West Virginia University awards two female students as ‘Homecoming Royalty’ for the first time – after scrapping traditional ‘king’ and ‘queen’ titles to be more inclusive
- WVU had previously removed the requirements that Homecoming King must be male and Queen must be female
- This year they changed the highest honors to Homecoming Royalty with no gender requirement in an effort to be more inclusive
- The change came in response to phone calls from students and has been met with positive feedback
- Five women and two men were named to Homecoming Court
- Seniors Raimah Hossain and Kylie A. Parker, both 21, were each crowned with tiaras during Saturday’s football game
West Virginia University is the last school to abolish the titles of Homecoming King and Queen, and this year it has named two female students the first-ever “Homecoming Royalty.”
Seniors Raimah Hossain and Kylie A. Parker, both 21, were each crowned with tiaras during Saturday’s football game where the WVU Mountaineers played the Texas Tech Red Raiders.
Speaking to Good Morning America, a school representative explained how the students’ initiative led them to create a more inclusive homecoming court, and the first year was already a success.
West Virginia University is the last school to abolish the Homecoming King and Queen titles, and this year it has named two female students the first-ever “Homecoming Royalty”
“Some of our students had approached our office to make our homecoming a little more inclusive in nature,” Thahn Le, West Virginia University director of student engagement and leadership, told GMA.
“In previous years we had a king and a queen, but we actually left the gender requirement out there.
“So this year we decided to take it one step further with the students and said, ‘Okay, let’s take out the king and queen all together and let’s move on to the royal royal court before homecoming.'”
The process was similar to in years past, but with no gender requirements or rules, students submitted applications and those who met academic criteria and are involved in camps, were given interviews with teachers and fellow students.
The frontrunners: the applicants eventually ended up in a Homecoming Court of seven people: five women and two men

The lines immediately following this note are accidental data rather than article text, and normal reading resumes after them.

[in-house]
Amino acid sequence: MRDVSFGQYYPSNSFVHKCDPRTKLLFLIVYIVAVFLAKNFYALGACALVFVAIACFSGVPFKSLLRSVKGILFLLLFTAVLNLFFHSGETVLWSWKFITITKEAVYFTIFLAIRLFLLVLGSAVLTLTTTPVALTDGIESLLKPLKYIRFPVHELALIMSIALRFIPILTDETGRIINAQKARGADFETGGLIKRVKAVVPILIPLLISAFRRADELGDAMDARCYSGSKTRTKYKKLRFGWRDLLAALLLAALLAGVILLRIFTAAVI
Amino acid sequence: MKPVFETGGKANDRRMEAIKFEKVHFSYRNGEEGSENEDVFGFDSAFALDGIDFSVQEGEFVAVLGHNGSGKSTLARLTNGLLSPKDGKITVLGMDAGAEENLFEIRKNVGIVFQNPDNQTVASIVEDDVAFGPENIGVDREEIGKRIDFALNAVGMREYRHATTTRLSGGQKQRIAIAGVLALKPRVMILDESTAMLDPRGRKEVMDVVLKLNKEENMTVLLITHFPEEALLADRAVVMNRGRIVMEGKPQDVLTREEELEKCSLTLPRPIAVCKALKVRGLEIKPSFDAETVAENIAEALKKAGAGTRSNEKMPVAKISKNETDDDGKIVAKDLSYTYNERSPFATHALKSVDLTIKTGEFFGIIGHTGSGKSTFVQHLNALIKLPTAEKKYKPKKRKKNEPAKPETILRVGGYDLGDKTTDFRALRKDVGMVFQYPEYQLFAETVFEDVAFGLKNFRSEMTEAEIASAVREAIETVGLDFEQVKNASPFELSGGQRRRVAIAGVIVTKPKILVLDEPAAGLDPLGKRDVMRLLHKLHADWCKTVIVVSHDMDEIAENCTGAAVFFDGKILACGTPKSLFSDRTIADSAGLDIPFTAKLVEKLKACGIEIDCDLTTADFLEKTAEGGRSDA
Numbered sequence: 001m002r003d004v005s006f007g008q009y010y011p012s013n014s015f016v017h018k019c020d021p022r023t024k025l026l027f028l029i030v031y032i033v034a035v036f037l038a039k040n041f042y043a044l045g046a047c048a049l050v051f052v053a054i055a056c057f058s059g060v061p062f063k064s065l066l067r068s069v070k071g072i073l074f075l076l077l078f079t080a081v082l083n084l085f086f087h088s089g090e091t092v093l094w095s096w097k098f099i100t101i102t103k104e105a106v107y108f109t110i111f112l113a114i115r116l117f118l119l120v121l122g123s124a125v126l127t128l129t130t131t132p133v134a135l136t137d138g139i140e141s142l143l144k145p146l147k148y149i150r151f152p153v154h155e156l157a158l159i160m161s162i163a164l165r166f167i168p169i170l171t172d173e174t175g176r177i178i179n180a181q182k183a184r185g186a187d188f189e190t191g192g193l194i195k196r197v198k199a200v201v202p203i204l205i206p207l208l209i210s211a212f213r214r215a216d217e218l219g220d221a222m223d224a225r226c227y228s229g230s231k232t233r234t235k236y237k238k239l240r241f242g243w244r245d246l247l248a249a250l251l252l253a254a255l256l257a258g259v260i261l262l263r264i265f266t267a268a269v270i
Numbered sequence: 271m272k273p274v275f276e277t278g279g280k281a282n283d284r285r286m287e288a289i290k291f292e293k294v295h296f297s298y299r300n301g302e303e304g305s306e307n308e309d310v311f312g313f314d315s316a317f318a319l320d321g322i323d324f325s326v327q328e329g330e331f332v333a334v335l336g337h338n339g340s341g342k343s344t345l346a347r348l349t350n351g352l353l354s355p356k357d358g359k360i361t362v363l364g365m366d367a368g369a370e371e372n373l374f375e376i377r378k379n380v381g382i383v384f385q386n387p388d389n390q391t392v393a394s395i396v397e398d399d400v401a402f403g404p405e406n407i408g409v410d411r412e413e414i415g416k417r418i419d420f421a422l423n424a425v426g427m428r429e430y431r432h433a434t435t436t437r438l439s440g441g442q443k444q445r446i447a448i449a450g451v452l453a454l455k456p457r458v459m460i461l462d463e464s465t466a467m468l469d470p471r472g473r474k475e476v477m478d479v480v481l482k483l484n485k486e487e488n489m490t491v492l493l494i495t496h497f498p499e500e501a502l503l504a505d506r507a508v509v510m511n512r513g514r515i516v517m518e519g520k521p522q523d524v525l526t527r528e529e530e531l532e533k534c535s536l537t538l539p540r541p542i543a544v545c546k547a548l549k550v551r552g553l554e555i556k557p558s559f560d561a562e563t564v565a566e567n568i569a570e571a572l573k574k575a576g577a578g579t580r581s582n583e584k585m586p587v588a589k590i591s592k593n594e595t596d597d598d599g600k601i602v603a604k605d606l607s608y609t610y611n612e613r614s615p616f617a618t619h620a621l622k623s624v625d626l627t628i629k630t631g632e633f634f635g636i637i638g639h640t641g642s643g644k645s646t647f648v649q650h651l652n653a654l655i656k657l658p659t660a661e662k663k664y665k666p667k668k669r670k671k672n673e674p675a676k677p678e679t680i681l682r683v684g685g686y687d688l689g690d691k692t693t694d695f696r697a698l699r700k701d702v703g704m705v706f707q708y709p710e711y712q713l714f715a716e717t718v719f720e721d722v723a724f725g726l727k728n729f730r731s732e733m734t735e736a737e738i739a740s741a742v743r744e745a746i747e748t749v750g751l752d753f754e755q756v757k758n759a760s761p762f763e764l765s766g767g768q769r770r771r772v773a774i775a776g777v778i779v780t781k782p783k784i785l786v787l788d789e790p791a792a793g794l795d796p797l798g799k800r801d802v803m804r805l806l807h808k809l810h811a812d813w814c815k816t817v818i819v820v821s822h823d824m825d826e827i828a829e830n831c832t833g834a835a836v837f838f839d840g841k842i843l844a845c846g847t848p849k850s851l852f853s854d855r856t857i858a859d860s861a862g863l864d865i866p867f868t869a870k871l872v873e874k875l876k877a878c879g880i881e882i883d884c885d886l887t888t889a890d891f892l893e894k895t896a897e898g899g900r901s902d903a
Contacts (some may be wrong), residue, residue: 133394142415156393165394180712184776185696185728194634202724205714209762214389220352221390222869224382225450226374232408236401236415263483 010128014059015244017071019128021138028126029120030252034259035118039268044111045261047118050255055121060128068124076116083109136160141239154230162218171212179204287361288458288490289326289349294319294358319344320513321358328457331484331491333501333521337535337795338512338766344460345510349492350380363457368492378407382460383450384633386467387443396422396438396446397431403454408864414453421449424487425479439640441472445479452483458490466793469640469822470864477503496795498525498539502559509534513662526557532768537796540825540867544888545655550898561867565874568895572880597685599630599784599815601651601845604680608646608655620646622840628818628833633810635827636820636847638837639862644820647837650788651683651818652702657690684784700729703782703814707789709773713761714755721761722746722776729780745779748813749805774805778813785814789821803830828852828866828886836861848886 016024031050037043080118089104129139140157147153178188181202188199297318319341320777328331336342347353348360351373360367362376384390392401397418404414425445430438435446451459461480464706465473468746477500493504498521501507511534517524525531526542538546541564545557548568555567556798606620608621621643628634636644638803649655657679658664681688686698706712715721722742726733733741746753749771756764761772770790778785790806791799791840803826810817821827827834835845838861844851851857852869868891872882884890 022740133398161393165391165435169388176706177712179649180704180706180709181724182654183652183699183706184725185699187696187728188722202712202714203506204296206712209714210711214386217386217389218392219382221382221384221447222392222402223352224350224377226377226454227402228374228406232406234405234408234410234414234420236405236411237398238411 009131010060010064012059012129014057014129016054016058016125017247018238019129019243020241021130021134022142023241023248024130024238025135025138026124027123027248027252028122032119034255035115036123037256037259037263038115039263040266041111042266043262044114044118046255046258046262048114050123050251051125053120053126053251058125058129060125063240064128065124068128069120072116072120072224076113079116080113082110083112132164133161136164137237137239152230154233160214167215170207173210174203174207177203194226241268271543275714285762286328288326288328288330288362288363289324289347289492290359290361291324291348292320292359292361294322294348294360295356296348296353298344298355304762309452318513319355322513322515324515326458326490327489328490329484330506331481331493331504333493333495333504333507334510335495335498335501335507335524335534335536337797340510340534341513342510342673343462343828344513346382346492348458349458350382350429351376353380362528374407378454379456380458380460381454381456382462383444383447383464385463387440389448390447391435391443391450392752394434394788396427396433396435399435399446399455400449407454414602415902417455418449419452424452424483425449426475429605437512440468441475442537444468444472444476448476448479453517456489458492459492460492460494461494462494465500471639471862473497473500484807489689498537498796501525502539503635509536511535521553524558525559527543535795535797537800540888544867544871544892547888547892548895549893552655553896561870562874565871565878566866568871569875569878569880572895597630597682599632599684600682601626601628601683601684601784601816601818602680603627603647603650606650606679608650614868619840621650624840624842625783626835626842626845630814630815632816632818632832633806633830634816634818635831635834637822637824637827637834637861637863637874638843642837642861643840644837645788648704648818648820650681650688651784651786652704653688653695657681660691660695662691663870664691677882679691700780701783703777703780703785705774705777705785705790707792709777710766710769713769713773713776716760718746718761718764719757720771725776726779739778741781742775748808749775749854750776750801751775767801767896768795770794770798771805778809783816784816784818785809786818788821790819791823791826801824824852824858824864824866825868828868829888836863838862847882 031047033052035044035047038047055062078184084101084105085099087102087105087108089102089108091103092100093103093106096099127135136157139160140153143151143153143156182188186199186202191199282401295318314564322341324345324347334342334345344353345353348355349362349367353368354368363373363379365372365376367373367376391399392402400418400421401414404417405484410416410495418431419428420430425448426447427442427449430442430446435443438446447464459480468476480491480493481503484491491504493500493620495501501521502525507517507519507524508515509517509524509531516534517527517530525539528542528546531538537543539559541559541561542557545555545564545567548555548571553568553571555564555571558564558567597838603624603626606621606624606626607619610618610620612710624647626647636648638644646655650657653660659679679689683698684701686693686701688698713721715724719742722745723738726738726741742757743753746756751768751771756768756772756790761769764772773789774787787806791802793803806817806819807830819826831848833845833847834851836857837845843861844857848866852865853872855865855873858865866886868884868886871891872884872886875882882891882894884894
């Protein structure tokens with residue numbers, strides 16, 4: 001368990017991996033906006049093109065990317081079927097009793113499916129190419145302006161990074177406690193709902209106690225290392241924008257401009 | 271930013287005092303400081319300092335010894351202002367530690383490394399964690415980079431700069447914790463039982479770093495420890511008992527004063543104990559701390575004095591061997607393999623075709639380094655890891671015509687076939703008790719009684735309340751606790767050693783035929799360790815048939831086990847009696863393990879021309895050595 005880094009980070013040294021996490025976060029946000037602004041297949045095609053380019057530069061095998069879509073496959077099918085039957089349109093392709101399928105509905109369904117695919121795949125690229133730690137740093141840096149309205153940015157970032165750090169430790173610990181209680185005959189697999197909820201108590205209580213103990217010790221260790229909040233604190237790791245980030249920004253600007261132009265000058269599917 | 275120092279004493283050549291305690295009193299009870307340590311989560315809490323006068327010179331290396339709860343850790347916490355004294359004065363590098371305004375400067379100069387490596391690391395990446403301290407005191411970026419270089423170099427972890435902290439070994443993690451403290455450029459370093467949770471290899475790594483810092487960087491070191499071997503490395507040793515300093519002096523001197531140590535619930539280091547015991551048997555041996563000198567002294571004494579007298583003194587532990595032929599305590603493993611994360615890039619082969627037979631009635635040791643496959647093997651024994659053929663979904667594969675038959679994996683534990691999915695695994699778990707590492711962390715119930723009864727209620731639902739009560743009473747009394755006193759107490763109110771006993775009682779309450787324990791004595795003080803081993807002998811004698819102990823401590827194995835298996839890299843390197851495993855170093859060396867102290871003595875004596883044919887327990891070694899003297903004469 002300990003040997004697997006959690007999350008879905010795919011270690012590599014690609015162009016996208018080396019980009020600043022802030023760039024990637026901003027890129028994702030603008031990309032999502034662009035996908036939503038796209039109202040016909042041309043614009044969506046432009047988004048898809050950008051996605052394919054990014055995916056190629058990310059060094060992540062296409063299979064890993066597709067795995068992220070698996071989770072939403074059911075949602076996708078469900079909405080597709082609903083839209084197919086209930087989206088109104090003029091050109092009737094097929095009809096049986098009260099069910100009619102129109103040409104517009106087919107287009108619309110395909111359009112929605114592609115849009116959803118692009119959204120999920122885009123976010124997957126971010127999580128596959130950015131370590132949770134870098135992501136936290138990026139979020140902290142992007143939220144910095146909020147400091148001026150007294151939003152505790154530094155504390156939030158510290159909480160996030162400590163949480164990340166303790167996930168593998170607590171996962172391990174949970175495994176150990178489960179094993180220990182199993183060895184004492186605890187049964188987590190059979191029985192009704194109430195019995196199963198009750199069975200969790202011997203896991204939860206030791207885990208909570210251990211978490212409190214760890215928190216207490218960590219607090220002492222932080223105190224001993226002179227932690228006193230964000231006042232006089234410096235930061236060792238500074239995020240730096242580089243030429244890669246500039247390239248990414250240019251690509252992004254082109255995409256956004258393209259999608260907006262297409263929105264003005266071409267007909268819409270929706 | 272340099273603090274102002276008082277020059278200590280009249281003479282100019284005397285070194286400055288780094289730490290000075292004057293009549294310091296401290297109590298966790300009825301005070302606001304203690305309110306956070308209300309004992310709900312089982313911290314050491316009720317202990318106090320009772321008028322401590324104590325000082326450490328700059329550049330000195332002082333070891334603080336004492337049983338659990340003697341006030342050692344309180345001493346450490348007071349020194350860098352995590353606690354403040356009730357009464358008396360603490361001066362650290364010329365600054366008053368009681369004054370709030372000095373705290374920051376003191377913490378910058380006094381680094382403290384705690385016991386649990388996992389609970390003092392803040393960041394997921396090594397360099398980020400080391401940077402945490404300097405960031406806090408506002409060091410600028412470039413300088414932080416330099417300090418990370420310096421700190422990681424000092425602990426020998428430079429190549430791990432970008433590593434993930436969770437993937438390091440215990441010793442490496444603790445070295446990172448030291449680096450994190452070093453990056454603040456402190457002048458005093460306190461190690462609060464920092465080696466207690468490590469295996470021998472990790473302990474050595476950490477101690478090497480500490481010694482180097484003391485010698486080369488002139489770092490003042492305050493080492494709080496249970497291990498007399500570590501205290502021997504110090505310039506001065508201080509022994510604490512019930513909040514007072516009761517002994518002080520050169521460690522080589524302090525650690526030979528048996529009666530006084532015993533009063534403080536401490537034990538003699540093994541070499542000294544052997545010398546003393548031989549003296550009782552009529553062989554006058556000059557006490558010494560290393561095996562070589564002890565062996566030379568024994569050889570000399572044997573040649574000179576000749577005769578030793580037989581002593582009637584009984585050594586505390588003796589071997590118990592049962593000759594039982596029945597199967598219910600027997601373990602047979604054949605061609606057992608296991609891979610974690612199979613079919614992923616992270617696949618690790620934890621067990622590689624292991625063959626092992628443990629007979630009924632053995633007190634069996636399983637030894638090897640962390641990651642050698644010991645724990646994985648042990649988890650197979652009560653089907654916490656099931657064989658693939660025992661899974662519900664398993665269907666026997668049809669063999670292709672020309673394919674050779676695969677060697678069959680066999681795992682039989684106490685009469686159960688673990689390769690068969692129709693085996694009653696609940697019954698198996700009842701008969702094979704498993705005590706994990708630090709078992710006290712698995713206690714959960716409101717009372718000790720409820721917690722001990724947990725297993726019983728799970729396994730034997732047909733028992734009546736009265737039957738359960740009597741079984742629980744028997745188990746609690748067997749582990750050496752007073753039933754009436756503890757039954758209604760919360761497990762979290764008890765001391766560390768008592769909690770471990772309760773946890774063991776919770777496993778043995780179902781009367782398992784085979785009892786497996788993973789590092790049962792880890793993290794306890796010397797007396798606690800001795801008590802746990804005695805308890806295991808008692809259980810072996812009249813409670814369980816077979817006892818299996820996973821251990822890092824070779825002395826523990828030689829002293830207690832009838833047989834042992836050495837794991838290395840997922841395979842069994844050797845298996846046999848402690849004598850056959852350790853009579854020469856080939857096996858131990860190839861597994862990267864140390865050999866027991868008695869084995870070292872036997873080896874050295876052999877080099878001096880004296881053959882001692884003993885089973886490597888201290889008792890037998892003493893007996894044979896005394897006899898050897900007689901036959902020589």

“We wanted to remove any kind of barriers, whether it’s gender or something else for them to apply,” Le said.
The applicants eventually ended up in a Homecoming Court of seven people: five women and two men.
After the vote, Hossain and Parker were declared the winners.
Hossain is a biomedical engineering student pursuing a history minor, originally from Morgantown, West Virginia, where WVU is located.
She is also the Inclusion Coordinator for the Student Government Association, an Ambassador for the Honors College, a Camp Kesem member at WVU, a Neil S. Bucklew Scholar and Diversity Scholar., a participant in the WVU Summer Undergraduate Research Experience, and was a ‘Say it Loud’ TedxWVU speaker in 2020, according to WVNews.
Meanwhile, Parker is a major in Exercise Physiology from Wheeling, West Virginia. She is also a member of the Honors College EXCEL program, the president of the Chi Omega sorority, a member of the Exercise Physiology Club, a peer mentor and teaching assistant for the Honors College.
Winner #1: Raimah Hossain is a biomedical engineering student pursuing a history minor, originally from Morgantown, West Virginia, where WVU is located
Winner #2: Kylie A. Parker is an exercise physiology major from Wheeling, West Virginia
She is the recipient of the Scholarship of Distinction, Arista Cup (Panhellenic) and has been selected for the Nancy Walton Laurie Leadership Institute.
“I am certainly honored to be able to take this step with WVU towards a more inclusive future for all students,” says Parker.
“I’m so excited to look back in 20 years and represent the beginning of a new tradition that values and embraces all people. Tradition is so important and I am so proud of WVU for taking steps in the right direction.’
Le said the new Homecoming Royalty titles on campus have been well received.